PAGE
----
Eusebius of Caesarea forbade “all unseemly practice and the union of woman with woman and man with man;” Basil the Great echoed him in one of his letters when he dictated discipline for one “who is guilty of unseemliness with males.” Augustine denounced “those foul offenses that be against nature” for they “are offenses against the customs of men . . . .” “Unnatural” equaled the unseemly and uncustomary. Augustine went so far as to encourage a man’s engaging a prostitute rather than expecting his wife to have intercourse for lust rather than children. Such would be less against the natural goal of marriage—procreation—as only being adultery. After all, for Augustine intercourse in marriage constituted a venial sin.
Having examined these and similar statements by the Fathers, John Boswell came to this summary conclusion:
Where “nature” does occur in early Christian theology, as in the writings of Augustine, its use is quite different from that common among popular moralists or the Alexandrian school. For Augustine as for Paul, “nature” referred to the characteristics of individuals or things rather than to an ideal concept. He wrote of the “nature of good” or of “human nature,” and even when he seems to treat of “nature” in the abstract . . . it turns out to be human nature he is discussing. The abstraction which later ages would call “nature” was usually “order” (“ordo”) in Augustine’s works—an amoral force which supported evil as well as good.
For them, to act “against nature” meant to act in an unusual fashion. Nature did not constitute any universal force, philosophical or theological. That did not occur until the 13th Century. Consider briefly the steps toward this meaning.
In the year 512 Boethius, a philosopher and theologian living in Pavia, wrote a theological tract Contra Eutychen et Nestorium. In discussing the constitution of the God-Man, he defined nature in four different ways:
1. “Nature belongs to those things which, since they exist, can in some measure be apprehended by the mind.” Nature is the totality of things.
2. “Nature is either that which can act or that which can be acted upon.” Nature here refers to corporeal or incorporeal substances.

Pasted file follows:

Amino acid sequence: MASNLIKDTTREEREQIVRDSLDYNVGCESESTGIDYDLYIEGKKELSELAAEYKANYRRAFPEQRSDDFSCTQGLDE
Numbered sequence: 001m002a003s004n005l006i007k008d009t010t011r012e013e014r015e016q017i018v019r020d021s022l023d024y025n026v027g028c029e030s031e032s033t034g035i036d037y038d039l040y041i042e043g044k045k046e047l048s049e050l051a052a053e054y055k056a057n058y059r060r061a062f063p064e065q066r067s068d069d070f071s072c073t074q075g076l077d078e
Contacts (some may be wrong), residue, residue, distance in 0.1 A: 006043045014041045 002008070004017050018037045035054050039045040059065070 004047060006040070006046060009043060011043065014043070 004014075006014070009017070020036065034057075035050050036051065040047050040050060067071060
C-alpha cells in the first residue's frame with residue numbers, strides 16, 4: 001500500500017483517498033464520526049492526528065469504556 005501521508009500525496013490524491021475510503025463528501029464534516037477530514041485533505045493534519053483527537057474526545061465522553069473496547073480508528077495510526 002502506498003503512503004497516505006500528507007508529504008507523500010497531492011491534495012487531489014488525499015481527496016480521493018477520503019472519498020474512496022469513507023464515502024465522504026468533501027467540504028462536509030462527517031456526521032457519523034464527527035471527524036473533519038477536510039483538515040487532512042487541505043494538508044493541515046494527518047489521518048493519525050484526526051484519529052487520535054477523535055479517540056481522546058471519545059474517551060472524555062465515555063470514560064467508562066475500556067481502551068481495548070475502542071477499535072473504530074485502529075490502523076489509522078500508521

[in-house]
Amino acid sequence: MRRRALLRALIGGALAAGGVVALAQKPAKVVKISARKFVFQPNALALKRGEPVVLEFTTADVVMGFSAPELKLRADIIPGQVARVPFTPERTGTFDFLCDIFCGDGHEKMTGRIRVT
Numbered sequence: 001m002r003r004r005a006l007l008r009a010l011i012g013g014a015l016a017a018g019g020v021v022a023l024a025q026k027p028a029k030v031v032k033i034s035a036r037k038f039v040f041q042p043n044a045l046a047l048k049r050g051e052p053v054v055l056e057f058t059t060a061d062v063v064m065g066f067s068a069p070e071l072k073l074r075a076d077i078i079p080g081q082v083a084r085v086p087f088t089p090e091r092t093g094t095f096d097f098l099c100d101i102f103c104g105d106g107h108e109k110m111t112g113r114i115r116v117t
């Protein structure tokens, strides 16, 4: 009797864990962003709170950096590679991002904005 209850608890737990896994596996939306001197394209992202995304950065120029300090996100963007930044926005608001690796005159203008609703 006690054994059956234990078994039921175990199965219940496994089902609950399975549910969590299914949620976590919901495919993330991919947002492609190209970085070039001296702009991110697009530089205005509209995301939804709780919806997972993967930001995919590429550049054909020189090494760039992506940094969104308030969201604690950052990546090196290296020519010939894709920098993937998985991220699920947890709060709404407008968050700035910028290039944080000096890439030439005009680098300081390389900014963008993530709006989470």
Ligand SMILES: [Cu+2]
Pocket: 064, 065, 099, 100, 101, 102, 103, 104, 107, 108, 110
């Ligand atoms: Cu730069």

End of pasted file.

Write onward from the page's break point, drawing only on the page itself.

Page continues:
3. “Nature is the principle of movement properly inherent in and not accidentally attached to bodies.” He considered here only physical bodies.
4. “Nature is the specific difference that gives form to anything.” Form creates this nature and nature actualizes this form.
Nothing here would differentiate homosexuals from heterosexuals.
Near the time of his death in 636 Isidore, Bishop of Seville in Spain, completed his major and most influential work, Etymologiae. In it he defined natural law as follows:
Natural law is common to all nations, because it is maintained by natural instinct rather than legislation. Under it are comprised the union of male and female; care and rearing of children, common possession of all things; individual liberty for all; [free] acquisition of all things on land, sea, or sky; return of goods borrowed or owed; repelling violence with force. For these things and those like them are never considered unjust but always natural and right.
Note that he neither denied nor affirmed the naturalness of homosexuality except implicitly.
“From Isidore to the jurist Gratian in the twelfth century there was virtually no discussion of natural law as a norm for human society.” In 1140 Gratian compiled a collection of ecclesiastical norms. This Decretum would become a standard introductory text in European law schools. It it he declared that natural law dictates the following: “Each person is commanded to do to others what he wants done to himself.” As to the content of that law, he included Isidore’s definition.
Only in the 13th Century did any construction of nature explicitly exclude homosexuality as being unnatural. In 1179 a professor of theology at the University of Paris, Peter of Poitiers, wrote five books of Sentences, synopses of his lectures. Simon of Sywell, a canon of Lincoln and erstwhile professor at Oxford, England, later did a gloss on this work. He gave four meanings to “nature”; the last treats of homosexuality: “Sometimes ‘natural’ refers to what is not unusual [contra usum], like intercourse between man and woman, ‘unnatural’ [innaturale] to what is unusual.” Notice the return to “unusual” equaling “unnatural.”
Between 1265-1273 Thomas Aquinas produced his masterpiece, the Summa Theologica. It would become the norm for succeeding centuries up to the present. In it he established the doctrine that homosexuality violated the natural law.
Aquinas taught that the first principle of the natural law is this: “good is to be done and pursued, and evil is to be avoided.” From that all else flows: 1) “Whatever is a means of preserving human life, and warding off its obstacles, belongs to the natural law;” 2)” those things are said to belong to the natural law ‘which nature has taught to all animals’;” 3) “man has a natural inclination to know the truth about God, and to live in society.” “As regards the general principles whether of speculative or practical reason, truth or rectitude is the same for all, and is equally known by all.” “. . . [A]ll sins, as being against reason, are also against nature . . . .”
Turning to the question of lust, Aquinas agreed with Isidore: “a lustful man is one who is debauched with pleasures,” and venereal pleasures “debauch a man’s mind.” But since “the preservation of the nature of the human species is a very great good . . . the use of venereal acts can be without sin, provided they be performed in due manner and order, in keeping with the end of human procreation.” Note here the reprise on “debauched with pleasures” and the sole aim of procreation.